19th Century Battlesden
The track from the centre of the village to Hill Farm - in the early 19th century this road had a number of cottages on the right hand side
It is easy to stand in the middle of Battlesden today and think oneself miles away from anywhere, in a spot as remote as any on Dartmoor or the North York Moors. However, Woburn and Hockliffe are only about two miles away and the large conglomeration of Dunstable and Houghton Regis only about double that. The reason, of course, is the very depopulated nature of the village which even as late as the end of the 19th century had rather more houses than today.
Bedfordshire and Luton Archives and Records Service has a wonderful series of photographs of paintings from the collection of the former Lords of the Manor, the Page-Turner family. They show Battlesden House and other houses in the village, including three paintings of views over the village by Thomas Fisher, one with a number of cottages on the road from the centre of the village to Hill Farm, another with just one cottage remaining. Sadly, these may not be copied but may be viewed in the office - series reference Z102.
It is often supposed that the painting showing a number of cottages is earlier than the one showing just one and that they were knocked down in the intervening period. Following some research in answer to a question former County Archivist Chris Pickford came to a different view [CRT130Battlesden8]: "The puzzle of the Battlesden cottages is one which has troubled several people over the years and, of course, the problem is caused by the fact that two out of the three Fisher paintings are undated. the one which bears a date is our Z102/111 which shows the view from the South East towards the church and House without the cottages. The existence of the picture of the "cottages formerly in the village" [a series of frontages of these cottages taken out of their context] and the view which shows a row of cottages along the lane near Hill Farm has, I think, confused people into thinking that the cottages which were pulled down in about 1818 were those shown on the undated view. The map evidence leads me to think that this is a hasty assumption, and that in fact the row of cottages near Hill Farm was built in about 1820 to replace others in the village which had then recently been demolished..."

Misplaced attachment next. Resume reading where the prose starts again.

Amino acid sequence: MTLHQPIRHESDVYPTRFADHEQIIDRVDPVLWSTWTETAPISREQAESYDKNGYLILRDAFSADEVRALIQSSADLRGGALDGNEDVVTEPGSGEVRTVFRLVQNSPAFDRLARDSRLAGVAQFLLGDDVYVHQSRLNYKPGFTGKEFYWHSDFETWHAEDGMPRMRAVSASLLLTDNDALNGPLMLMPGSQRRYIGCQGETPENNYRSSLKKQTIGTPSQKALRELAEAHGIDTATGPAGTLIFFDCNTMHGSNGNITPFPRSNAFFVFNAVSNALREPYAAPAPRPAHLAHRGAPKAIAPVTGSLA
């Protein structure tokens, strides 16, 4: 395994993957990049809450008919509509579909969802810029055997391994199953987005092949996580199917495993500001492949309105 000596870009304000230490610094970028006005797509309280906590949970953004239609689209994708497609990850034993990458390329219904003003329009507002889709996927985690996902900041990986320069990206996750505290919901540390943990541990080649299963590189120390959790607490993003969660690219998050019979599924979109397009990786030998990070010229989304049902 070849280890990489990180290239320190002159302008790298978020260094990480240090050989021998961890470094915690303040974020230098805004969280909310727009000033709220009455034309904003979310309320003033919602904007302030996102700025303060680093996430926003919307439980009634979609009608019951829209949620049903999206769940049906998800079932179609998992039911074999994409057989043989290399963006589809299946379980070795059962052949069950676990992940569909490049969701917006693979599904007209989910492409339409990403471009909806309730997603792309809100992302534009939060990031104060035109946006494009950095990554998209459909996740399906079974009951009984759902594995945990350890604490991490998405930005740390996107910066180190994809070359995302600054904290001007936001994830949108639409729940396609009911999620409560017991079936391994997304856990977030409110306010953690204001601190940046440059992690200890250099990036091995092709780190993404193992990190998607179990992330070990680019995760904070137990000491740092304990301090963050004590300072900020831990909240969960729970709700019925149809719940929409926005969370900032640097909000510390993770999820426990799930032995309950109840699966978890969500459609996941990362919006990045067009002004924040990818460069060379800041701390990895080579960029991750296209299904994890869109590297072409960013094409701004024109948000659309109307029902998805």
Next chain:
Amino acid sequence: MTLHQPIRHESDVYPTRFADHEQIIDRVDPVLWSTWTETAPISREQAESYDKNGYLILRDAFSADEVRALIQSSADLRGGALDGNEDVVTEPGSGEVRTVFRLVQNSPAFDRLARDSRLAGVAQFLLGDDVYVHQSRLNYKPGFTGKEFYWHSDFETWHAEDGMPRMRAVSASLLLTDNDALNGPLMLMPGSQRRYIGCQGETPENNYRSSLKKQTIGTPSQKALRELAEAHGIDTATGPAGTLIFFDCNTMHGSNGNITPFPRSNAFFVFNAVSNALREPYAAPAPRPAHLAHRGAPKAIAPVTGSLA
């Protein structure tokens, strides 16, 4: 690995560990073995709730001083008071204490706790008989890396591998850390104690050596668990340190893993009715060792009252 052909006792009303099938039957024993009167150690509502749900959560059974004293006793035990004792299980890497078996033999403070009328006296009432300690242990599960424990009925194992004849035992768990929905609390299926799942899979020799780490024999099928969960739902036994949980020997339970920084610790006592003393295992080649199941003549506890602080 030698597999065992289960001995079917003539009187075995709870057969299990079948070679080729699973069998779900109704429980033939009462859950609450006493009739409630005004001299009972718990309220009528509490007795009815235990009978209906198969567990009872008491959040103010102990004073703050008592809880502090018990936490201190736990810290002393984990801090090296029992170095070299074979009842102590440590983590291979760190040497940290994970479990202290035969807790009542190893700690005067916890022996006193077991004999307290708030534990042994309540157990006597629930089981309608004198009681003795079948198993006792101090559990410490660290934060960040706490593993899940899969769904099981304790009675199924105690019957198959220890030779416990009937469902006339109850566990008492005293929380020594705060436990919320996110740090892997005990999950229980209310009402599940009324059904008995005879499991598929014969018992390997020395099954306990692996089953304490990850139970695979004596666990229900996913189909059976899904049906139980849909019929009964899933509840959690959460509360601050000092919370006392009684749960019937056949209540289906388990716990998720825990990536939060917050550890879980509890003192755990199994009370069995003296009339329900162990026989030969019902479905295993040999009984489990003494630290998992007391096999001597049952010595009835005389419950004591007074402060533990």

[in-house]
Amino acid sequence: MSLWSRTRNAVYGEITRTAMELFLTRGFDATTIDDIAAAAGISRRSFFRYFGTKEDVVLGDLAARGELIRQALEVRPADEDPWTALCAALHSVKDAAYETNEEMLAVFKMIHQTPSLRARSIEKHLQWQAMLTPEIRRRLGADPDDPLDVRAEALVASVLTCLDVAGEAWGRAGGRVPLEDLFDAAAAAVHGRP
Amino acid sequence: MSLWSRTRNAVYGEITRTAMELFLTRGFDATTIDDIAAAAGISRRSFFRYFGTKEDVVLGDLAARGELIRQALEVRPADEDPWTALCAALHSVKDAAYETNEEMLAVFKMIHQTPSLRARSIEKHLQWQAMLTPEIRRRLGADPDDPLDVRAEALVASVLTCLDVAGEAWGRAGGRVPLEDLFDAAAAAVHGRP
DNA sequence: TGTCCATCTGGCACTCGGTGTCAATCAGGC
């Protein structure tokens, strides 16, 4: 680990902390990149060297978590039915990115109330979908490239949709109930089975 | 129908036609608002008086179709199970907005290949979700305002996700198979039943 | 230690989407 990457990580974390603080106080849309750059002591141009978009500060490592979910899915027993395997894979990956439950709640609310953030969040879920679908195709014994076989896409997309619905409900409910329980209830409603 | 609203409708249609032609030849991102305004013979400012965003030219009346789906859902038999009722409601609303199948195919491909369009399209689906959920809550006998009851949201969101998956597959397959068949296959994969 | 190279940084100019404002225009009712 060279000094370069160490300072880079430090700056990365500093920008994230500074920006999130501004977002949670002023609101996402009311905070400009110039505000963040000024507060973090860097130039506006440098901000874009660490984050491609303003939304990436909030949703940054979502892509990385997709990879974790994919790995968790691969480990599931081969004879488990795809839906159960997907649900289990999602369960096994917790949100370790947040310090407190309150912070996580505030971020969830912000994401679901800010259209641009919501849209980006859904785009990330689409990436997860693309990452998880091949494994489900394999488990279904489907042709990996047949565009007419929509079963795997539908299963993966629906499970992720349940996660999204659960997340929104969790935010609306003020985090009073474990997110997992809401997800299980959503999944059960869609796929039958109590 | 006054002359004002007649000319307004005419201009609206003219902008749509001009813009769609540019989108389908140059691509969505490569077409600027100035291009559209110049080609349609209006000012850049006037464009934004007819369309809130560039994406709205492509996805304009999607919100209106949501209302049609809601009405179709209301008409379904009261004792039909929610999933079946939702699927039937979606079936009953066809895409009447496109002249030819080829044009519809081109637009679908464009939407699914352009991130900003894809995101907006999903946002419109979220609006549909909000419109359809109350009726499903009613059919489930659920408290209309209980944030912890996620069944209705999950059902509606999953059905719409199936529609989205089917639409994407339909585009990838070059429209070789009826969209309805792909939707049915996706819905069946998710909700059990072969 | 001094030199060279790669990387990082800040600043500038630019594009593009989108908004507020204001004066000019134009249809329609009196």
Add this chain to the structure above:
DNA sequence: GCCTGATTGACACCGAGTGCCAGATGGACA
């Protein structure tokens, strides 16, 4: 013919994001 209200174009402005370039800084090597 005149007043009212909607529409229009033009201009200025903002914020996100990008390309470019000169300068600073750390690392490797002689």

A map by Thomas Jefferys of 1765 shows the main habitation in Battlesden in the sharp bend of the road between Centre Farm and the road leading to the church, as shown in the blue hatched portion of the map below. The cottages shown in the Fisher painting were along the road from the centre of the village heading south, some way south of this main part of the village (the thicker black line below on the sketch plan).
Sketch map accompanying CRT130Battlesden8
On the Tithe Map of 1845 these cottages on the road heading south were still there and were described as: "8 cottages and gardens". The map also showed two more cottages [numbered 39 and 41] which appeared on the 25 inch Ordnance Survey map of 1882 but had been pulled down by 1901. The cottages on the track heading south, again, are shown on the 1882 map but not the 1901 map, showing they had been pulled down by then. Census returns for Battlesden show the population fell from 114 in 1881 to 81 1891, suggesting that the southern track cottages were pulled down in this period.